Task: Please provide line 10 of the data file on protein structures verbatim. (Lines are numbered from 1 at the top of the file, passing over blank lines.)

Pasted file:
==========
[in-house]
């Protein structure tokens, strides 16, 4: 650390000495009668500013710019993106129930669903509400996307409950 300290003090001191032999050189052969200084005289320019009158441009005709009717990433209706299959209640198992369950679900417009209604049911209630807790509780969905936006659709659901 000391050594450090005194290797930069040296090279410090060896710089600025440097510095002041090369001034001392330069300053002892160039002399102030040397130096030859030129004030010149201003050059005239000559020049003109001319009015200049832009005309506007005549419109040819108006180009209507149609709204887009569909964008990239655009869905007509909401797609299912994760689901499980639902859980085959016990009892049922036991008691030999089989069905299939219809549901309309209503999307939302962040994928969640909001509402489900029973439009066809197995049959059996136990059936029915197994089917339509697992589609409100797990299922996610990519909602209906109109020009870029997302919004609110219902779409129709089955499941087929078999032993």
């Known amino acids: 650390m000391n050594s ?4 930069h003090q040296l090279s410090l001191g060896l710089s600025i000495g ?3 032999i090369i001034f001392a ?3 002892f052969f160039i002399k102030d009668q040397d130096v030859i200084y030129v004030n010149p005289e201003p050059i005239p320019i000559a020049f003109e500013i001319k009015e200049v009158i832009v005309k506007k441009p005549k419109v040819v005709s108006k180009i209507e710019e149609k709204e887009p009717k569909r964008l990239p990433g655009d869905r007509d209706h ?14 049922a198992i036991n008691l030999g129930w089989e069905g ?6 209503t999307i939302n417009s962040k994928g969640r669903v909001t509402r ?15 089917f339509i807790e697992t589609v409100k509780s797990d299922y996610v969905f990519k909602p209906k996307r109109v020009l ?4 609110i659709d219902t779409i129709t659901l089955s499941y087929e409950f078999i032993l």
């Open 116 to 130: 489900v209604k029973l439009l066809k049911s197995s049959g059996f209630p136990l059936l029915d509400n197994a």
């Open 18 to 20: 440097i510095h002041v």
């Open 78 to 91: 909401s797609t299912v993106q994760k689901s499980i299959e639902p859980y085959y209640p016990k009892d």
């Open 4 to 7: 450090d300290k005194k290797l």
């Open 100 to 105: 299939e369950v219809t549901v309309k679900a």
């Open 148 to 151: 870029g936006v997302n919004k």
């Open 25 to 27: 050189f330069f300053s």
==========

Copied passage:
């Open 25 to 27: 050189f330069f300053s």